Having said that, I bought a 60" Vizio black Friday special last year to bridge me over. I tend to be a bit of an early adopter on tech, but I don't see any TV use cases for me for a few years yet and I also expect to have to buy an 80"+ TV to appreciate it.

sonicmerlin

join:2009-05-24
Cleveland, OH
kudos:1
reply to djrobx
You don't know anything about vision. There's far more to visual acuity than simply being able to resolve pixels on a screen.

MURICA

join:2013-01-03

1 recommendation

reply to trparky
I don't see the need for horseless carriages. My current Stallion purebred from five years ago still works just fine and transports me exactly the way it did when I bought it.

Tell me, why do I need a horseless carriage? I see horseless carriages as the next "mobile telephone" in the sense that it's just another ploy to make people buy new forms of transport/communication.

MURICA

join:2013-01-03
reply to djrobx
>FiOS TV
>Watching the Oscars (a program broadcast on ABC, a 720p television network - not even 1920x1080!)
>In addition to being low resolution, it is also bitrate starved MPEG-2
>Thinks that fewer than one million pixels being projected on a full size screen is "beautifully crisp."

Son, I have bad news for you. You need to get your eyes checked.

You are like a starving African who just got handed a McDonald's cheeseburger by an aid worker and now thinks he has just experienced the finest cuisine in the world.


dvd536
as Mr. Pink as they come
Premium
join:2001-04-27
Phoenix, AZ
kudos:4
reply to trparky
BINGO! just another fad to get you to buy new hardware.
how many 1080P channels are there? ZERO!
--
Despises any post with strings.


anon_anon

@comcastbusiness.net
reply to YDC
No, Betamax was analog. Sony created an add on called the PCM-F1 to allow digital audio recording, but it did not allow video recording because the device used a video signal to encode the audio. The device was also compatible with VHS recorders.

As far as vinyl being superior to CD. It's pure BS and has been debunked time and time again by double blind studies.

A better example of the a technologically superior product from the 80's being a commercial flop was laserdisk. But even during 80's when people had more spending money even VHS was a huge expense to the average family.

During the 1980's there were repeated allegations that Japan dumped their electronics in the USA at below cost with the full cooperation of the Japanese government. The japanese paid more for their products, hence the accusations of dumping. Of course they got the new products first in the same way American movies get released in the USA before they are released internationally. Japan was a country of technophiles during the 80's. Japanese electronics manufacturers are going to test market in their own country first before ramping up production for the international market. Just as there were many successful products that were released in japan first, there were also products that never left japan because they were market failures. Chalk that up to an evil corporate conspiracy all you want.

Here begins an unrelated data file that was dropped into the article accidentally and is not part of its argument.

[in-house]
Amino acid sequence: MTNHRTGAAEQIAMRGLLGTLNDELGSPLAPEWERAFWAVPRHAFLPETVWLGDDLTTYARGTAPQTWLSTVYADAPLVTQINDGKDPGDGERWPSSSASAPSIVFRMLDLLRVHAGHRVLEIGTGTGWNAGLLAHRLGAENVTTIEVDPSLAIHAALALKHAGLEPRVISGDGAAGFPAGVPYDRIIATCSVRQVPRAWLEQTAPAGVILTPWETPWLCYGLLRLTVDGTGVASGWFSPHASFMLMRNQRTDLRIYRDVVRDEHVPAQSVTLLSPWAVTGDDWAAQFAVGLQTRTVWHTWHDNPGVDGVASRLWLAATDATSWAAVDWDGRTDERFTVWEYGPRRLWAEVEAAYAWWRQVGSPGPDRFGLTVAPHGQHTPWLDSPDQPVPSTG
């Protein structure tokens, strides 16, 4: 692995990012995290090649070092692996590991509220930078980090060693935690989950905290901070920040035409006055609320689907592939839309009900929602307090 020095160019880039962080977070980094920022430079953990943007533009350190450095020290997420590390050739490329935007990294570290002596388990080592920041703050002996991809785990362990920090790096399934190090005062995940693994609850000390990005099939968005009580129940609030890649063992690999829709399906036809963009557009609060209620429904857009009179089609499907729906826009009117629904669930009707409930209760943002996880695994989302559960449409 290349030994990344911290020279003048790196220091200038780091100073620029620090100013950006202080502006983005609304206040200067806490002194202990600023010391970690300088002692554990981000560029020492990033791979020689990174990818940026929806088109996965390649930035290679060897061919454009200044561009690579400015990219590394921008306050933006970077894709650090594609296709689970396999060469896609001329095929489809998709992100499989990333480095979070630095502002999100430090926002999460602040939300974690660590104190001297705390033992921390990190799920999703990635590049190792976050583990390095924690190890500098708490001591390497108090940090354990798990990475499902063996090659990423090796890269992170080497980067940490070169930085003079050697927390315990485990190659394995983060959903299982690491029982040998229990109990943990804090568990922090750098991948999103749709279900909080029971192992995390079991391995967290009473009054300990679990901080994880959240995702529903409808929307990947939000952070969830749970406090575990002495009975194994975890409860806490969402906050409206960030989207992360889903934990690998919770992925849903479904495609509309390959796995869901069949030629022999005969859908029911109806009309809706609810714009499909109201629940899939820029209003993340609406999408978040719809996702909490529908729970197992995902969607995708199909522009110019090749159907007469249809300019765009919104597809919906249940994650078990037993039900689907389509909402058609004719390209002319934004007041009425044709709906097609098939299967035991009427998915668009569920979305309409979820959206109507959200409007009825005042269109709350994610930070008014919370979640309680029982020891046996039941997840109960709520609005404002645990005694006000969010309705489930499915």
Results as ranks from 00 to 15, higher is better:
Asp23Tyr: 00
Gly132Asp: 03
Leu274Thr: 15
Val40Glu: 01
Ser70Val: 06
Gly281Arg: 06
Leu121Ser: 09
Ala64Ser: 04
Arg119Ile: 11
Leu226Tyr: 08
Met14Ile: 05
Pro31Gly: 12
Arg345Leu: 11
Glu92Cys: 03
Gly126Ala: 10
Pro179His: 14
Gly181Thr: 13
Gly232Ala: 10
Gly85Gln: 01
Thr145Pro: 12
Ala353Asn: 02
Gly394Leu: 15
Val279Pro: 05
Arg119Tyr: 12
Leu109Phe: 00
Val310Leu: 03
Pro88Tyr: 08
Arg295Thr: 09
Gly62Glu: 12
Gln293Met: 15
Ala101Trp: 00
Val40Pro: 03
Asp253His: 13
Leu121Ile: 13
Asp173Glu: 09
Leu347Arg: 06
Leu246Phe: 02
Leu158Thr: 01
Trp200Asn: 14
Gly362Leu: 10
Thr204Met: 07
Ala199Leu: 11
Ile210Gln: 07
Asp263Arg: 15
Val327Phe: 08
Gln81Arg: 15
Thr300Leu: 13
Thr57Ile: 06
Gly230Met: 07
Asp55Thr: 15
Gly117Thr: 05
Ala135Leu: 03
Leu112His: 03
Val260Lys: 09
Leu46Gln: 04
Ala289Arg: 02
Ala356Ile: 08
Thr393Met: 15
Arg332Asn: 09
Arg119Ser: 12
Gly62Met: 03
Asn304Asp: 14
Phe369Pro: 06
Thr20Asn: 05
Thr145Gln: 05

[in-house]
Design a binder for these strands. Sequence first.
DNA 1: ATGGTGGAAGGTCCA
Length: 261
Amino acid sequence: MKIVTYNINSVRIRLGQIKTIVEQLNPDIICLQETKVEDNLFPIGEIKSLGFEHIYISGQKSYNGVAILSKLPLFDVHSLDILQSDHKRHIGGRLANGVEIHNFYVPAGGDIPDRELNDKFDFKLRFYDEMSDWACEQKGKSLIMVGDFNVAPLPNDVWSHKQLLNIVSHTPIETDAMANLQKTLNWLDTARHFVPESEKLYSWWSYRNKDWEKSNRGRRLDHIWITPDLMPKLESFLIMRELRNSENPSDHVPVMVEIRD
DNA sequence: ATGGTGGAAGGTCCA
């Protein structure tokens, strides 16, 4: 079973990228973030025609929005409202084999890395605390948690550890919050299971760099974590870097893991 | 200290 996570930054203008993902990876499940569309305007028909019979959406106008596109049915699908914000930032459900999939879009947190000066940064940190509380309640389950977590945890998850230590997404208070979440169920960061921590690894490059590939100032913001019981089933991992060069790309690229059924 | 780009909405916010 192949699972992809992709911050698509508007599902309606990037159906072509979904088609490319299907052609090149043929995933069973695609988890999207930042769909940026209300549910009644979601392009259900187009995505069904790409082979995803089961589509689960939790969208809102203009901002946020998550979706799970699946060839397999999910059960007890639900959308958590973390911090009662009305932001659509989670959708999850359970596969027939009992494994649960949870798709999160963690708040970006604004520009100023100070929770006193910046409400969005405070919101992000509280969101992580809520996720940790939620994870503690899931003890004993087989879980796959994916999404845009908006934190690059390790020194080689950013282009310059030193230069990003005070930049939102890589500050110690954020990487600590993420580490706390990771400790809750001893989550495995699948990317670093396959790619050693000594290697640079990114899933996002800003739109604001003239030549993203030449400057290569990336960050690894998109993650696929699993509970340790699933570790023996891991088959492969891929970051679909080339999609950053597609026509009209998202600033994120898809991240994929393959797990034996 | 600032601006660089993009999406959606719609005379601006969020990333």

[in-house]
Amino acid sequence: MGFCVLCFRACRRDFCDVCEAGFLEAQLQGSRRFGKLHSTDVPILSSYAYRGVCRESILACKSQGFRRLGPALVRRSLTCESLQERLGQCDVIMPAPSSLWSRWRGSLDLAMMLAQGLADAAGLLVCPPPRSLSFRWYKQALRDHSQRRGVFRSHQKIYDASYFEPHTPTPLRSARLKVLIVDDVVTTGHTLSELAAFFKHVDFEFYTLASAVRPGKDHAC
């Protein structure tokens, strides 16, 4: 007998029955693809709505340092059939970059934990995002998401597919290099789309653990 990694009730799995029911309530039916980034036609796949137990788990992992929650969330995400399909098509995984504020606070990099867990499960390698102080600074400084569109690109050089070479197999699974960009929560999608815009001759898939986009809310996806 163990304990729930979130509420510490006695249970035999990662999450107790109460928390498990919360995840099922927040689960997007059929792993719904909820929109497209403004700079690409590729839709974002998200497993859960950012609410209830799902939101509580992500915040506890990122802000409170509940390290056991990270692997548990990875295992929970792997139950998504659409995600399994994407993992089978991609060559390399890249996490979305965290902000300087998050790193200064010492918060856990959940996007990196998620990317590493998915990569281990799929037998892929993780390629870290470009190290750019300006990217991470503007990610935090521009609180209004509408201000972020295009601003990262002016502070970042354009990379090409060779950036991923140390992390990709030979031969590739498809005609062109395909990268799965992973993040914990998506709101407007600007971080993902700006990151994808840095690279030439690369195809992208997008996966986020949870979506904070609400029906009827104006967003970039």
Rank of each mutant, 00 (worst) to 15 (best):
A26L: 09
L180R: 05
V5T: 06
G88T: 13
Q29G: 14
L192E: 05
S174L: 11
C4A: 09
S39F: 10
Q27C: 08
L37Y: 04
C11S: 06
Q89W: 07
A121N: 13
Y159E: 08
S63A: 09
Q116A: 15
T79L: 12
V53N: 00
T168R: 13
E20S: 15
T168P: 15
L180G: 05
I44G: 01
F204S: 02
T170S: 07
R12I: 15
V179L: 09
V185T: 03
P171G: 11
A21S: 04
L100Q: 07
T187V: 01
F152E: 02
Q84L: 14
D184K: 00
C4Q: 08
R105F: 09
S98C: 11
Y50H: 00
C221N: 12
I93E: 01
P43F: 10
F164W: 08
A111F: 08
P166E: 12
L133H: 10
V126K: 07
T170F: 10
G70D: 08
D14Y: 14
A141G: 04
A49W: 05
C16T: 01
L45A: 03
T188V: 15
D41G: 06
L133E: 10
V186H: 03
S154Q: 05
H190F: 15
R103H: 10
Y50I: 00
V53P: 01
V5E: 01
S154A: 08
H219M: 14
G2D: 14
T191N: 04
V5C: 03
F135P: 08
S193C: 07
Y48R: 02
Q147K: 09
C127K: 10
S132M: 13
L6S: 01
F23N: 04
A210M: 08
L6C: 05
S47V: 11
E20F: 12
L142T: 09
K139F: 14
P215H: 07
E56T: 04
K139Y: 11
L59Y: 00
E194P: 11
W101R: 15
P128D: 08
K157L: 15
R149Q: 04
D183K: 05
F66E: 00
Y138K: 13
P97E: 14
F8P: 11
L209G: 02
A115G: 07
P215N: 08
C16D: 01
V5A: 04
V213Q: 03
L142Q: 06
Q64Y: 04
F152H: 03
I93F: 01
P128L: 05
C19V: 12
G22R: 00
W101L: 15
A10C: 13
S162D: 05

BTW thumb through an old catalog and be astounded how much those wonderful 80's vintage electronics cost.

mikesco8

join:2006-02-17
Ludlow, MA
reply to Jon Snow
Probably the most important feature of the 4k Standard is the improved color palette. However most people will not miss what they don't know they are missing. Also, even thought these charts may be accurate in some sense, you will still see some difference beyond what the charts show, especially if you have vision better than 20/20. The problem with 4k is not that it is not a worthy technology, it is just that it is happening way too soon at too large of a premium. It will eventually become cheap enough that the difference in price will be minimal from 1080p, and if you have to replace your old set you might as well go with the 4k, but it will be another 10 years before we hit that point.


trparky
Apple... YUM
Premium,MVM
join:2000-05-24
Cleveland, OH
kudos:2
I don't have 20/20 vision, I wear glasses and they are a hell of a strong set of lenses.
--
Tom
Tom's Tech Blog


Jason Levine
Premium
join:2001-07-13
USA
reply to Jon Snow
Thanks for posting that graph. I just looked at it and measured the distance to my 32" TV in my living room. (Still a SD set until it dies and we replace it with an HD one.) It's 9 feet from where I sit to the screen.

According to that graph, I'd need a 60" set for 1080p to be noticeable and a 90" set for 4K to be noticeable. Of course, my living room is too small to fit either size TV so I don't think I'll rush into 4K TVs when they start being sold.
--
-Jason Levine